Temporomandibular joints (or TMJs), are two pairs of matching joints located at either end of your lower jaw which connect to your skull. Together they work with various muscles, ligaments, and nerves to allow movement of your jaw up and down, side-to-side, forward/backward. Any issues with jaw muscles, joint alignment or surrounding tissues could potentially cause tinnitus symptoms including:
TMJ disorders can cause discomfort to chewing muscles and jaw, limited jaw movement, clicking or popping sensations and headaches. They may also result in ringing ears, neck/shoulder pain, facial swelling or difficulty opening your mouth.
Studies have demonstrated the power of physical therapy to effectively diminish tinnitus. While various forms of physical therapy may help, cervical spine and TMJ treatments appear most successful. Treatment includes exercises designed to stretch out neck and jaw muscles as well as retraining how your jaw is used and manipulations of your cervical spine.
These techniques have been shown to reduce chronic tinnitus symptoms. Other therapies, including biofeedback, acupressure, relaxation and guided imagery may also help.
At ProFysio, our physical therapy approach can be combined with ancient Chinese acupuncture to further alleviate tinnitus symptoms. Acupuncture works by stimulating specific points on the body to increase blood flow and hasten healing, which can significantly help treat even after treatment for its source has taken effect. This combination can bring significant improvements even when treating its source alone.
Additionally, we can teach you how to perform cervical spine movements and posture corrections at home to avoid exacerbating tinnitus symptoms. Doing so will keep the muscles of your neck and jaw relaxed so you can sleep sounder through the night, without buzzing sounds disturbing your sleep. For more information about our Tinnitus Treatment Services please reach out today.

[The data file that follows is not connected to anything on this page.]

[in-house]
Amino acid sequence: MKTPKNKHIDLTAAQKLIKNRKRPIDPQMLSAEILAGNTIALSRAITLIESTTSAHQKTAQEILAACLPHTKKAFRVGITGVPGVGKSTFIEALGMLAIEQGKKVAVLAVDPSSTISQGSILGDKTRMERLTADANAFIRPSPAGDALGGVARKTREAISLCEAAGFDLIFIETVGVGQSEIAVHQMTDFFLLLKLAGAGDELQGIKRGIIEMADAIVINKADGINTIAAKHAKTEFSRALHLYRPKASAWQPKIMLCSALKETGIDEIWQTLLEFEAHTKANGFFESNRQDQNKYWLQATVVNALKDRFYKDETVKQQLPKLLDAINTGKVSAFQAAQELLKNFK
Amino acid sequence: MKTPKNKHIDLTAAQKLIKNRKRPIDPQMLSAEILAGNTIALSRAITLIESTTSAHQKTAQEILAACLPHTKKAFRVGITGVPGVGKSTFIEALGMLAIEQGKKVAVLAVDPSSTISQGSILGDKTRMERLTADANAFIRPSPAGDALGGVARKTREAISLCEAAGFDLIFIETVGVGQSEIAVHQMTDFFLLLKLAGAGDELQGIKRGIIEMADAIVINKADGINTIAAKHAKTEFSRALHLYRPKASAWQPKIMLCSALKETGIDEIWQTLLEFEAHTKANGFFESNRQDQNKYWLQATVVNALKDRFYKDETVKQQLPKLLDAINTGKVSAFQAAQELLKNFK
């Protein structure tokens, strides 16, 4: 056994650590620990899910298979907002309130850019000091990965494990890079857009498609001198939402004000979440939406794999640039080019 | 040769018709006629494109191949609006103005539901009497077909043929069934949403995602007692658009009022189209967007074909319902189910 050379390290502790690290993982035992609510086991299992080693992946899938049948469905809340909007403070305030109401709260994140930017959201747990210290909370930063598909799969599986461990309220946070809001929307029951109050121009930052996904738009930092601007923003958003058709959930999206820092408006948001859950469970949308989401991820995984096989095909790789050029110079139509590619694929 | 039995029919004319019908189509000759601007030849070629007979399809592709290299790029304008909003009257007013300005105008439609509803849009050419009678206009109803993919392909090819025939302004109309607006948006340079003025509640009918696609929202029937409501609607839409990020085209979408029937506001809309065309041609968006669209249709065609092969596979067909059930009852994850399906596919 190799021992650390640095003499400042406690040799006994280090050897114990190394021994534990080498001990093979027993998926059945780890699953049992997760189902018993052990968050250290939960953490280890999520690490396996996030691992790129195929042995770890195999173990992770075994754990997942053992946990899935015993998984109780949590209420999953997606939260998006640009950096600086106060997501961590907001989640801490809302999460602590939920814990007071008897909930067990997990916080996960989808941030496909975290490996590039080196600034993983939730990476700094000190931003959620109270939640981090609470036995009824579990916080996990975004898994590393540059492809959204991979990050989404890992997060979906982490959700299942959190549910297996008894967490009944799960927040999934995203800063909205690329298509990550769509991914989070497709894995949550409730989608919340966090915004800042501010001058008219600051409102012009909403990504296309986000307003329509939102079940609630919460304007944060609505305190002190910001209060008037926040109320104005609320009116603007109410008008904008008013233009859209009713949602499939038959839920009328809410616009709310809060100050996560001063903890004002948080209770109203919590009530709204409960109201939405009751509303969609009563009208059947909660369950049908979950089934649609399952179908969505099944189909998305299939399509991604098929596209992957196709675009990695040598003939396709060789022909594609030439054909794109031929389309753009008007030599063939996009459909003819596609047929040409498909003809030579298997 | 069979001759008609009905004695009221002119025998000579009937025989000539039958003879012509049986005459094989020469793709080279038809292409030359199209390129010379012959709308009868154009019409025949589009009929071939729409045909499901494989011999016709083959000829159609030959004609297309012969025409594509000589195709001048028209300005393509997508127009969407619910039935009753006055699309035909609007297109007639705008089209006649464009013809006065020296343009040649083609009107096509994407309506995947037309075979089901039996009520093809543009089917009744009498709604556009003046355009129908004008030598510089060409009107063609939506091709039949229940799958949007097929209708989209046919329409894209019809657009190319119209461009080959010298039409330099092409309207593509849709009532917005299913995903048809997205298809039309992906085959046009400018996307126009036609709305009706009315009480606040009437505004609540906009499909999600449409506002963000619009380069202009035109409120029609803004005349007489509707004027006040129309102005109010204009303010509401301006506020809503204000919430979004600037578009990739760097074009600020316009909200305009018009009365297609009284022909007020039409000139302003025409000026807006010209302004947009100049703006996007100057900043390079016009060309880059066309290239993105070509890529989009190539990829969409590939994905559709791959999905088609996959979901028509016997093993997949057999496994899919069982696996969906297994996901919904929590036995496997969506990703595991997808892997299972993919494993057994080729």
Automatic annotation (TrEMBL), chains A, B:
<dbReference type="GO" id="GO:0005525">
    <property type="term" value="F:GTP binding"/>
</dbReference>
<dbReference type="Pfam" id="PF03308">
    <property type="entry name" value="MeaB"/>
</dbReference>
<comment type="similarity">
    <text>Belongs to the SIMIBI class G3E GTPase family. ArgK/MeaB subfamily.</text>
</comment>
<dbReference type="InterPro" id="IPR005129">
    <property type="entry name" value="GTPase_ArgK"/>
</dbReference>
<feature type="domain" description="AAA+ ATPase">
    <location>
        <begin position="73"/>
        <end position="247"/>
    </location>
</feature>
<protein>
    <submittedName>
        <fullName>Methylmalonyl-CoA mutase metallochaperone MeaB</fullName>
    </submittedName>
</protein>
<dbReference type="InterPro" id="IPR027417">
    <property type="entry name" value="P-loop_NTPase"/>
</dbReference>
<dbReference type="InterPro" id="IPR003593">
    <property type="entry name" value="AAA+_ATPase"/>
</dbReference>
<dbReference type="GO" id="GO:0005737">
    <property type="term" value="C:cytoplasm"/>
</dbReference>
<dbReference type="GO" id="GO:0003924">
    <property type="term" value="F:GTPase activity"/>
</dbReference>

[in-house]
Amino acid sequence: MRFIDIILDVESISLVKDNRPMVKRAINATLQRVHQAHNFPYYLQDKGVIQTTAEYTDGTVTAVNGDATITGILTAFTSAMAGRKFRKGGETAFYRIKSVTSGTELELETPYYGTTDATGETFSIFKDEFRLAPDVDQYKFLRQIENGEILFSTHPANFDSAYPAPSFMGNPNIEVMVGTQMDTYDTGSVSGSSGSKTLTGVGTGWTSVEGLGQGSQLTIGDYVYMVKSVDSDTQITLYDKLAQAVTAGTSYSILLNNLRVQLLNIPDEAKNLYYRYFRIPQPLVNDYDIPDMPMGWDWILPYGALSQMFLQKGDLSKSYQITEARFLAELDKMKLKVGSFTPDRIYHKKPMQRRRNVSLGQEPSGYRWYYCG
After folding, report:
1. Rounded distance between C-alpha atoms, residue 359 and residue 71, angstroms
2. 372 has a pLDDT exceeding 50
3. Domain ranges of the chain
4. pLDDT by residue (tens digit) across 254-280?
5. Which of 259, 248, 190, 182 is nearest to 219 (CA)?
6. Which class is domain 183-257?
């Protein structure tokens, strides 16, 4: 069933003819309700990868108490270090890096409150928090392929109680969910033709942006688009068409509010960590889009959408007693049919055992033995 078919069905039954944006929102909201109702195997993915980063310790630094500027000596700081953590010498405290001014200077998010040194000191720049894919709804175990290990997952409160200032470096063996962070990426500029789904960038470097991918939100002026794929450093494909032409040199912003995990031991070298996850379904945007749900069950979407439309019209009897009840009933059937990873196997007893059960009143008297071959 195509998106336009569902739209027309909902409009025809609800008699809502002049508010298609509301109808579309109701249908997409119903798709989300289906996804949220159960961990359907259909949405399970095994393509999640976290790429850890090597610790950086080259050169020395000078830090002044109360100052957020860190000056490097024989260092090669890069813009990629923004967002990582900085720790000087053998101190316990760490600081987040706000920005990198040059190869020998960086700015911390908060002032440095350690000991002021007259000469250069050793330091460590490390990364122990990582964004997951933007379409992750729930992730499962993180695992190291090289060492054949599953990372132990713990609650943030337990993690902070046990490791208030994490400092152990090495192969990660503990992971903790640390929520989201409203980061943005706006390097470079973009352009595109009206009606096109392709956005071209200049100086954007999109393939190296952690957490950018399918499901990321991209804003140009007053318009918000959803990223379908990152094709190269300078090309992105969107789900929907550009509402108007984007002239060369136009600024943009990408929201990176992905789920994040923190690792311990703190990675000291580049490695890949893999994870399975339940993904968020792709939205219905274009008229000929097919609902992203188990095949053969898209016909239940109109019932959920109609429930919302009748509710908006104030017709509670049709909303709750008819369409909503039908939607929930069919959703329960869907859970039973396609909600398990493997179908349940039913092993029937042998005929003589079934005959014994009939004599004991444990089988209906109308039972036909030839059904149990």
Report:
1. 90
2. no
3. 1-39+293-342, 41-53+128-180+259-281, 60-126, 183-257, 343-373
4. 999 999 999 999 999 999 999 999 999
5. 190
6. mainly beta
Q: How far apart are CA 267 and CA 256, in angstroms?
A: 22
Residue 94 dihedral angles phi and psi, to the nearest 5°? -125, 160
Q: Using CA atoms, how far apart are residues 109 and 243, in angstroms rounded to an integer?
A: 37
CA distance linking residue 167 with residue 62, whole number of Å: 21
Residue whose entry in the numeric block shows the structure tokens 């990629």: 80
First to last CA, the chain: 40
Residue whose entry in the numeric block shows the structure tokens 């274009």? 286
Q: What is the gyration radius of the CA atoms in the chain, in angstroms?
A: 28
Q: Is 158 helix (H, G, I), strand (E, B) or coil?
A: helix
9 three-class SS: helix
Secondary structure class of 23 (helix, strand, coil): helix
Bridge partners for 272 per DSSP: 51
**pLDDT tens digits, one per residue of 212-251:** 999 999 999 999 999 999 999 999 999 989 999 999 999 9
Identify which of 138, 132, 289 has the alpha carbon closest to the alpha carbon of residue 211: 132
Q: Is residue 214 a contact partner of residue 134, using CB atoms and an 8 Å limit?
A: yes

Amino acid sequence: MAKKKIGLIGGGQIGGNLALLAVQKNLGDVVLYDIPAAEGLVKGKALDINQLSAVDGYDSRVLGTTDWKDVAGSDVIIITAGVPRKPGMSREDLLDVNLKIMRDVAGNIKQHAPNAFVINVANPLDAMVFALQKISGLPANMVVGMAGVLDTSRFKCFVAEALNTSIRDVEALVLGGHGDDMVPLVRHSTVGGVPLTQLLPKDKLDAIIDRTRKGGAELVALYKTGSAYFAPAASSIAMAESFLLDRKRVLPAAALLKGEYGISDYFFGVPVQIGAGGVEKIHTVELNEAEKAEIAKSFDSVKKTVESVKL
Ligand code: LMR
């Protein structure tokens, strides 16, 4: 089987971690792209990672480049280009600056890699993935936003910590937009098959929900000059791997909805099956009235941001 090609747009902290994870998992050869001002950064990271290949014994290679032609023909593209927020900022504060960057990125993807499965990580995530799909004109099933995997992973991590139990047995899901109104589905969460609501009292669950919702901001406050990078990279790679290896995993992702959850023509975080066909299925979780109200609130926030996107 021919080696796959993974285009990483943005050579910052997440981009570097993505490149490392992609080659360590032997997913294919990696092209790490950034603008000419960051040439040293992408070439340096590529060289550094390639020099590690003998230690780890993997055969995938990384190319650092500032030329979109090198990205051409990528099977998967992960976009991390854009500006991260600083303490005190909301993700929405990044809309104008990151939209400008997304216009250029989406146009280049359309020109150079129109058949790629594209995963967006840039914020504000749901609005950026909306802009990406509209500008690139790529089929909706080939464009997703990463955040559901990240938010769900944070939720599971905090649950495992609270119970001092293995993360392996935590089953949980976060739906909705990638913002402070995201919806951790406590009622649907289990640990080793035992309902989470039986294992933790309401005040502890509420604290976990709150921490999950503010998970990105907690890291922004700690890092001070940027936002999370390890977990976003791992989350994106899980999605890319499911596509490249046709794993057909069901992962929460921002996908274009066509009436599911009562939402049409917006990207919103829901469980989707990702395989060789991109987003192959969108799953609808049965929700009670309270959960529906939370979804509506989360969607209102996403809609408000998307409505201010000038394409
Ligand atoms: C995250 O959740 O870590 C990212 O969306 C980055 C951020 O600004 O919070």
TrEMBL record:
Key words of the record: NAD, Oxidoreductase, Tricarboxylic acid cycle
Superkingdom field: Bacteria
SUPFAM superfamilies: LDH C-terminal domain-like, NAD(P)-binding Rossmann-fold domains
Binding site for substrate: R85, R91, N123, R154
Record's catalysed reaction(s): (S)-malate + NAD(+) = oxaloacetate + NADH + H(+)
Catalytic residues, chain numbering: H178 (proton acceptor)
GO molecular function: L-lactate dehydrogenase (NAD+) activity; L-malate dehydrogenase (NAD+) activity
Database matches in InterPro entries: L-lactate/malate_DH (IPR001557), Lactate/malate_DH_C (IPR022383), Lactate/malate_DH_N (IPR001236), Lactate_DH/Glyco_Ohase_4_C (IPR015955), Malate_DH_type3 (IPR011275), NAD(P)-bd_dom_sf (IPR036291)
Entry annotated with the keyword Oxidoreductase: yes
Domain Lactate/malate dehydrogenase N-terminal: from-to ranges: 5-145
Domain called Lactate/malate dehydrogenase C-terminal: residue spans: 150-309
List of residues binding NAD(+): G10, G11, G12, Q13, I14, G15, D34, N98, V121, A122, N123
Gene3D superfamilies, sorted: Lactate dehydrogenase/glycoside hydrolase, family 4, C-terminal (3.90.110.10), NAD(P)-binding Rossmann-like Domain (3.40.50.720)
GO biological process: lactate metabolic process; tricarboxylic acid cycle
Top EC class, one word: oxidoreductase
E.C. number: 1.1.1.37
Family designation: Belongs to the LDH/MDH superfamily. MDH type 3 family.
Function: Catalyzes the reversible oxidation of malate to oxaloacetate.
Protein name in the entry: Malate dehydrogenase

Guided imagery is a type of mental visualization used to promote relaxation and healing. Typically used during physical therapy sessions, guided imagery can also be utilized at home as an effective stress reliever. Participants use guided imagery by visualizing sights, sounds, scents and tastes in a manner which “diverts” them away from stressful circumstances and “places them” into a controlled situation which soothes them down.
A therapist can guide someone through this process by giving verbal prompts and encouraging them to explore all aspects of their imagined scene. The goal is to stimulate the parasympathetic nervous system, which regulates inner balance and rest; experts believe the more detailed an image is created, the greater its effectiveness will be.
Guided imagery has many advantages; studies demonstrate its effects in terms of anxiety and depression reduction, alleviation from medical procedures like bone biopsies or surgeries; reduced blood pressure; improved sleep quality and even helped with nausea relief and symptoms of illness reduction, increasing athletic performance by athletes as well as heightening short-term immune cell activity and speeding healing time for fractures, burns or wounds.
Guided imagery has proven particularly helpful for patients dealing with anxiety, PTSD and grief. Additionally, guided imagery works well alongside hypnosis and other therapeutic techniques like cognitive behavioral therapy; your therapist may recommend guided imagery alongside their other treatment options for mood or tinnitus management.
Guided imagery offers many advantages over traditional psychotherapy; one being its ability to bypass left-brain thinking altogether and tap into imagination and creativity instead, both located within the right brain area. Therefore, guided imagery offers an accessible approach for most individuals.
Start guided imagery by finding a tranquil place, closing your eyes, imagining a peaceful scene and close your eyes; imagine walking along it while paying attention to sounds, smells, textures and sensations before relaxing into that scene for several minutes while breathing deeply – you could use an audio book or CD as guidance or your physical therapist could lead you through this exercise.